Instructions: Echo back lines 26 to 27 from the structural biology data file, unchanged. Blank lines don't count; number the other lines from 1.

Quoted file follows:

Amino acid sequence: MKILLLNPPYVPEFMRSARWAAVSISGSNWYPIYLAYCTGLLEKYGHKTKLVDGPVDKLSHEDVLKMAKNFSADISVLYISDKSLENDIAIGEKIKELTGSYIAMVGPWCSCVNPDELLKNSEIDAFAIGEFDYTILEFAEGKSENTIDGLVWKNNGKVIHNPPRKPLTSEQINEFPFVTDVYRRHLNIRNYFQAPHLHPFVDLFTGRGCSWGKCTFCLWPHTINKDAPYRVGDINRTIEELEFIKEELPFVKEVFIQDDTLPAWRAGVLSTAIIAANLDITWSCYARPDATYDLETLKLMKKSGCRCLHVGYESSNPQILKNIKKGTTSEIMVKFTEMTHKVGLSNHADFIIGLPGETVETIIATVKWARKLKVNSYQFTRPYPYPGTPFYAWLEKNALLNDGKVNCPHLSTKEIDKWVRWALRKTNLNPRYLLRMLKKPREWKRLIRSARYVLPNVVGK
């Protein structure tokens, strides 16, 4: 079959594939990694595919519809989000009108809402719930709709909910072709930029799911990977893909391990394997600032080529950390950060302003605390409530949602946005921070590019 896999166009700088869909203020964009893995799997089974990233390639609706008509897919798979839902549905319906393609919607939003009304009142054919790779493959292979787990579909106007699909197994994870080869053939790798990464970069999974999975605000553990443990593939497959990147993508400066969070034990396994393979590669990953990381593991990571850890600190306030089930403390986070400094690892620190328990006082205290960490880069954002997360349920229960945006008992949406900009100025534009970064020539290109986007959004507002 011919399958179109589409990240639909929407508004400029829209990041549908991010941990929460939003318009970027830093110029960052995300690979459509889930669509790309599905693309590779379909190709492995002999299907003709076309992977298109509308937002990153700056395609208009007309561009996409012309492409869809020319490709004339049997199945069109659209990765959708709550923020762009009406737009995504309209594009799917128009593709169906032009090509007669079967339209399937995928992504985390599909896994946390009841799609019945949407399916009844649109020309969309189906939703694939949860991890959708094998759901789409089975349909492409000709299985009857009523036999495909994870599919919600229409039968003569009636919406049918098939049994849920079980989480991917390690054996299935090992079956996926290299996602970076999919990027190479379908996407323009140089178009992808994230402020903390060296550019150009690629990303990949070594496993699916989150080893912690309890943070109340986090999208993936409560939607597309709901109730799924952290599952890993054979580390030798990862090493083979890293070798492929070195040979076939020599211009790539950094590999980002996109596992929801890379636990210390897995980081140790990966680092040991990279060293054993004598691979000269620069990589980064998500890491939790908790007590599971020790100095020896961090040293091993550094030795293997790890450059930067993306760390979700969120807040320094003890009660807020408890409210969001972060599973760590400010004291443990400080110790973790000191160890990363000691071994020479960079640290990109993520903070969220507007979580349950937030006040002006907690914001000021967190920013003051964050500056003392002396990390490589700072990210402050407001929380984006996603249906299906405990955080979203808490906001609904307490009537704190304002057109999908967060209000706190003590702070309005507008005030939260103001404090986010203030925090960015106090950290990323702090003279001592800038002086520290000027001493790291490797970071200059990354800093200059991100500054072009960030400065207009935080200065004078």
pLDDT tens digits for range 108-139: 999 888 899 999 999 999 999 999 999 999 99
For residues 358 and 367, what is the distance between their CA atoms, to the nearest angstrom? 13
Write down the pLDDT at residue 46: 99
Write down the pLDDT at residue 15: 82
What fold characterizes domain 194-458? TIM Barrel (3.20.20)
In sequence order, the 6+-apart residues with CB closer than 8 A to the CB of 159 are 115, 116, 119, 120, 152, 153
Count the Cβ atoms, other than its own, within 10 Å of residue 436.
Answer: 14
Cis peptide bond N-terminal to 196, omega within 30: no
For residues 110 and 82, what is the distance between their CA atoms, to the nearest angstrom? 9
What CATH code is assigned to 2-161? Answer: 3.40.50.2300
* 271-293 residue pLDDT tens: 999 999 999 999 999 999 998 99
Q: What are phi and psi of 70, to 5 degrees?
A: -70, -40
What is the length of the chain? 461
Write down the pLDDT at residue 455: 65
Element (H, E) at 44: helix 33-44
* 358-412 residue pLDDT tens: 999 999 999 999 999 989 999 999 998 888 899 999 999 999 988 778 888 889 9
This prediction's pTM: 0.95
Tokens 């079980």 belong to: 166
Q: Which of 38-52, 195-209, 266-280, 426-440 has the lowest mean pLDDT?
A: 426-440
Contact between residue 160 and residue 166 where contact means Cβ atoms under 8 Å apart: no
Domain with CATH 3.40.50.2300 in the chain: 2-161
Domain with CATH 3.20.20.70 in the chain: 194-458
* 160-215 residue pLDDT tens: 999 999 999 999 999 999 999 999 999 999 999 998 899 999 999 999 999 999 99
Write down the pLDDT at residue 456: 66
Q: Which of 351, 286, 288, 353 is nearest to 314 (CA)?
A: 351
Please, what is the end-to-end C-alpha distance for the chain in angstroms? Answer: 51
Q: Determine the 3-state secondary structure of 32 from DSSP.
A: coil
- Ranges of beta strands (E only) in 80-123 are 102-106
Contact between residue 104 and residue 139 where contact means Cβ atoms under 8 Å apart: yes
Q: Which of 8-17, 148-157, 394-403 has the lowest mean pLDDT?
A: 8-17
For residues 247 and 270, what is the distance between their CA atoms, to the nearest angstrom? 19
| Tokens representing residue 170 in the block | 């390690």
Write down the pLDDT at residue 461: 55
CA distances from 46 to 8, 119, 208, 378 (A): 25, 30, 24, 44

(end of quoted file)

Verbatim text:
Domain with CATH 3.40.50.2300 in the chain: 2-161
Domain with CATH 3.20.20.70 in the chain: 194-458